Anticipation turns to reality with Pettitte's return

Anticipation turns to reality with Pettitte's return

Anticipation turns to reality with Pettitte's return
NEW YORK -- The anticipation has been building since Andy Pettitte announced during Spring Training that he was looking to make a comeback with the Yankees.

Finally, the veteran left-hander was back in the Yankee Stadium clubhouse on Sunday to cap that comeback with his first start since Game 3 of the 2010 American League Championship Series. One year and 224 days have passed since he last toed the rubber in the Bronx, but Yankees manager Joe Girardi didn't see much of a change in the southpaw when he saw him Sunday.

"He looks like Andy," Girardi said. "I haven't noticed much of a change in him. He's doing his work like he always does on a day he starts."

Pettitte was activated Sunday afternoon with the third-highest win total of any pitcher in franchise history (203). He ranks second in total wins (240), starts (479) and strikeouts (2,251) among active Major League pitchers.

Pitcher Cody Eppley was optioned to Triple-A Scranton/Wilkes-Barre on Sunday afternoon to make room for Pettitte on the roster. Mariano Rivera was transferred to the 60-day disabled list.

"I'm excited," Pettitte said earlier this week. "So excited to just get back in uniform and get back with the guys, and just hang with them on the bench and stuff like that. The fans [coming to see] me making my starts down in the Minor Leagues, that's just been awesome and stuff like that. It's time now."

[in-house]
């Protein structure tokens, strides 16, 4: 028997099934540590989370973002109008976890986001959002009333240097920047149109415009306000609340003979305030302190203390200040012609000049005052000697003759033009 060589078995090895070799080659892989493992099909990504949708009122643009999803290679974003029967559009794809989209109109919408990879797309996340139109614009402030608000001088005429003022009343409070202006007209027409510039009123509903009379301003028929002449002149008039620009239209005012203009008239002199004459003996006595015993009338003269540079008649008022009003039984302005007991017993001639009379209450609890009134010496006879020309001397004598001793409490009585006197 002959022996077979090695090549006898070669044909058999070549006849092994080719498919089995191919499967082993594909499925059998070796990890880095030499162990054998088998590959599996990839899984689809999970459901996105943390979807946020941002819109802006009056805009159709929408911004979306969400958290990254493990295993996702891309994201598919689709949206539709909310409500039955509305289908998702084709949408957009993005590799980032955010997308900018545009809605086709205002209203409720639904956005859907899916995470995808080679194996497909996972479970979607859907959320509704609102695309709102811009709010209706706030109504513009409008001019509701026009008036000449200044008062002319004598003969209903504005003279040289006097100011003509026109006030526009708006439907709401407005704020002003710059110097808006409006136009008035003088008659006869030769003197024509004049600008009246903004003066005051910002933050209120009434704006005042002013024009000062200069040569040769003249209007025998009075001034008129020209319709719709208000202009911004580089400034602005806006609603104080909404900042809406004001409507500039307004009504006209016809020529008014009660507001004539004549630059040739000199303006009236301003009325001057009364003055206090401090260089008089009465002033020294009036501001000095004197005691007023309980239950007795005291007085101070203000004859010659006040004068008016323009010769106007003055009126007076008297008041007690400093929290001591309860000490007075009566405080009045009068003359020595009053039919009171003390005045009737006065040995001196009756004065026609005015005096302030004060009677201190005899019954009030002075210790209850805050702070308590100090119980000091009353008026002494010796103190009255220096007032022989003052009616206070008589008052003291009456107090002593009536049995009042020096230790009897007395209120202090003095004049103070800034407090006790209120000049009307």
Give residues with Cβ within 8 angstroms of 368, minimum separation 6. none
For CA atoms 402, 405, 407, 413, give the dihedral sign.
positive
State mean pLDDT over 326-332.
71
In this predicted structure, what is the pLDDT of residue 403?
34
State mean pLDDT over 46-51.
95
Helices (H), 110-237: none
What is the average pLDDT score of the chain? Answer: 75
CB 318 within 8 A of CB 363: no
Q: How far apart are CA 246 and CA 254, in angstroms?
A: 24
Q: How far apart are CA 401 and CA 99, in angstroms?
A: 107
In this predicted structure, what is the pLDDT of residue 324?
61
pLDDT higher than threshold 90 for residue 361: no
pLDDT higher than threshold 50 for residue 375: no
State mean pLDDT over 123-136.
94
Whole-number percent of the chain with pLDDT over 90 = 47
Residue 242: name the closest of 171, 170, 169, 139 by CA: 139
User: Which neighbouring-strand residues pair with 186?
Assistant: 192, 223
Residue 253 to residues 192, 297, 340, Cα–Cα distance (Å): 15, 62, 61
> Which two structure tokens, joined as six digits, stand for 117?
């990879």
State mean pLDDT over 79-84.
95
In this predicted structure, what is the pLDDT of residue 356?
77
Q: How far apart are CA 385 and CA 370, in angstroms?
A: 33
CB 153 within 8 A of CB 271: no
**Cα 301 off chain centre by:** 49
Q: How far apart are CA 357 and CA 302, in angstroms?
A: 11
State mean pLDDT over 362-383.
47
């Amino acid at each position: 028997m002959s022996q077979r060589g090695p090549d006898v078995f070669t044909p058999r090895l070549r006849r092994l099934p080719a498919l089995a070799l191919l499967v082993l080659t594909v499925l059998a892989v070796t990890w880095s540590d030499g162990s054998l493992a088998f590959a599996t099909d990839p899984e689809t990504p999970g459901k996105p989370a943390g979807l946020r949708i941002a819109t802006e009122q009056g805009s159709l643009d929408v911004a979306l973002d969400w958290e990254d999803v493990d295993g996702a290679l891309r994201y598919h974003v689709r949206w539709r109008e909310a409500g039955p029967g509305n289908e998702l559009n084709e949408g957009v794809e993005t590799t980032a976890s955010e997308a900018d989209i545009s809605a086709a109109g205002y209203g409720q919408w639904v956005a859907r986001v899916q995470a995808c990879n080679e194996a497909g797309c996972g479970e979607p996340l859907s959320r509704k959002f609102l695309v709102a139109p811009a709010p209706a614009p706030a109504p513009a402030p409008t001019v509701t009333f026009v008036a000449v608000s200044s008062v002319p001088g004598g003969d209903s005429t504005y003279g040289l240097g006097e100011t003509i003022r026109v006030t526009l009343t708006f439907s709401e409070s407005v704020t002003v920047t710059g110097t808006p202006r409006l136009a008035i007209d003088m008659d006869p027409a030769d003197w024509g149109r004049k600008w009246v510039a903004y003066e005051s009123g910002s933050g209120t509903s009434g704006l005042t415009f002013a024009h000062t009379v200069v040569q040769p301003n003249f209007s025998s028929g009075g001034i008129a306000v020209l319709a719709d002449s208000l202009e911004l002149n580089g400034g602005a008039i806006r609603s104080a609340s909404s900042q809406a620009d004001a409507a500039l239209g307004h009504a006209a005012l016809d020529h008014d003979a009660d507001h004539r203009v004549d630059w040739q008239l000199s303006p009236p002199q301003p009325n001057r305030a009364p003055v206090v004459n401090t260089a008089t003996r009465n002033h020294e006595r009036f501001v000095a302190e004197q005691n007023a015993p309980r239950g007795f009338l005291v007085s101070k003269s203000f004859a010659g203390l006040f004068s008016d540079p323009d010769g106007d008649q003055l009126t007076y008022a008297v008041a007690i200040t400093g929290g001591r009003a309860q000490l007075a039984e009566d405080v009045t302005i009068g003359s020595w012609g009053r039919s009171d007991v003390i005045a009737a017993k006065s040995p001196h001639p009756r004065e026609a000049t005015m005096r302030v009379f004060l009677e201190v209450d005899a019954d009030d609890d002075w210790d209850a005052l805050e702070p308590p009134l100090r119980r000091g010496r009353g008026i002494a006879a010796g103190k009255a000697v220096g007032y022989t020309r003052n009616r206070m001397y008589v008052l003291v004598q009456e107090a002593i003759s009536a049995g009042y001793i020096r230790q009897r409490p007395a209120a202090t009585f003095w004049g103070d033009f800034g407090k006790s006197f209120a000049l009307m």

Girardi said he would be pleased if Pettitte can give the Yankees six solid innings on Sunday, though he realizes it may be some time before Pettitte fully rounds into form.

Either way, the urgency for Pettitte to help the Yankees' rotation is not what it was just weeks ago. After each pitcher in the rotation dealt with some kind of troubles early in the year, the group entered Sunday with a 4-0 record and 1.31 ERA over the first five games of the current six-game homestand.

"I think that now that everyone's starting to throw the ball better, it takes a little pressure off of him," Girardi said. "I think people were looking at him coming back and being somewhat of a guy that can stabilize the rotation. Now, it looks like it's stabilizing more before he got here."

Girardi said he hopes to see Pettitte pitch at 88 mph early on this season, and hopes that Pettitte's adept ability to self correct on the mound will remain.

"He understands what he needs to do -- to get his sinker down, or to get more depth on his curveball," Girardi said. "I think he knows how to make those adjustments. The one thing I don't think he's forgotten how to do is how to pitch and how to make adjustments. I think adjustments, sometimes, as you get older are maybe a little bit easier because you've had to make them along the way."